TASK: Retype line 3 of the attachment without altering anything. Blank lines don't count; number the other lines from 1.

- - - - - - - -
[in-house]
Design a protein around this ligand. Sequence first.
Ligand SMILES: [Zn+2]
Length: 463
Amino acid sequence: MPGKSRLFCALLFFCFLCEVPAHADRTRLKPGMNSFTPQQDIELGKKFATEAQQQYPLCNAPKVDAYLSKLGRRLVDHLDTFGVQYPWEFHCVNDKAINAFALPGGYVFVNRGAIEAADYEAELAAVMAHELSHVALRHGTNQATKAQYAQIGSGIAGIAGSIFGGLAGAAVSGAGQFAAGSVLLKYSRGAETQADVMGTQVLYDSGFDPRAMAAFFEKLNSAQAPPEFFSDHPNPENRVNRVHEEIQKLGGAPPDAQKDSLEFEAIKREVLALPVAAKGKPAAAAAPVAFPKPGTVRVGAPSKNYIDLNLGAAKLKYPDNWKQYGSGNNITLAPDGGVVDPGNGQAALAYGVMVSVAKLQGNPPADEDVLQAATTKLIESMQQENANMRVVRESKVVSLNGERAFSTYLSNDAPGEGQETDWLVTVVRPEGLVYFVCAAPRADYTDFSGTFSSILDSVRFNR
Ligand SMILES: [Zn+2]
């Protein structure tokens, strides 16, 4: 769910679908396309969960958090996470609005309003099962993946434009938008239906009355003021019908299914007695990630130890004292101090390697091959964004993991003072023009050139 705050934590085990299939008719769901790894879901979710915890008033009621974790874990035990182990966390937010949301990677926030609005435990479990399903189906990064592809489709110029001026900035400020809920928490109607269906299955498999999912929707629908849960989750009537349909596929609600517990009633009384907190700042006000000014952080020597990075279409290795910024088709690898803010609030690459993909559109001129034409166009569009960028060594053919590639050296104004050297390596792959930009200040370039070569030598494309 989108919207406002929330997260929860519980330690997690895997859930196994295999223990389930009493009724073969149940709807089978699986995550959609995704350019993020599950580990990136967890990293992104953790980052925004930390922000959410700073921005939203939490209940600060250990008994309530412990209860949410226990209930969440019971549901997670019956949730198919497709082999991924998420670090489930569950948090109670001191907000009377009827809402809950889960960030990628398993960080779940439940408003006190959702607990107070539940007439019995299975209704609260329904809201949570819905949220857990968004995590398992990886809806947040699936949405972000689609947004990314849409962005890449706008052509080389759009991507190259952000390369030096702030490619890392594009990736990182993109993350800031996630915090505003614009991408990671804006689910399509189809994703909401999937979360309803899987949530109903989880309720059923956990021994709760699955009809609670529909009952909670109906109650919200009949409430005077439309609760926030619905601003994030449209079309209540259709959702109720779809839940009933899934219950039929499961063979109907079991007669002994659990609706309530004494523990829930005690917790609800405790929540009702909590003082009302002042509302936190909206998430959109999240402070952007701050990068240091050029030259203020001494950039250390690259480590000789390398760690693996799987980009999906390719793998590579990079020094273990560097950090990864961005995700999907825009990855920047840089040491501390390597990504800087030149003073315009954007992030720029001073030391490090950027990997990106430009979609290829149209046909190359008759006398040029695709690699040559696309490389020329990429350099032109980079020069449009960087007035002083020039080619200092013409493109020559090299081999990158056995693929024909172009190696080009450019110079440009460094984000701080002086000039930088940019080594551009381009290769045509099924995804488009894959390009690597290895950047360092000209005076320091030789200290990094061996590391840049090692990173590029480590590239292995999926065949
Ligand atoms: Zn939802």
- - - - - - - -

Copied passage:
Ligand SMILES: [Zn+2]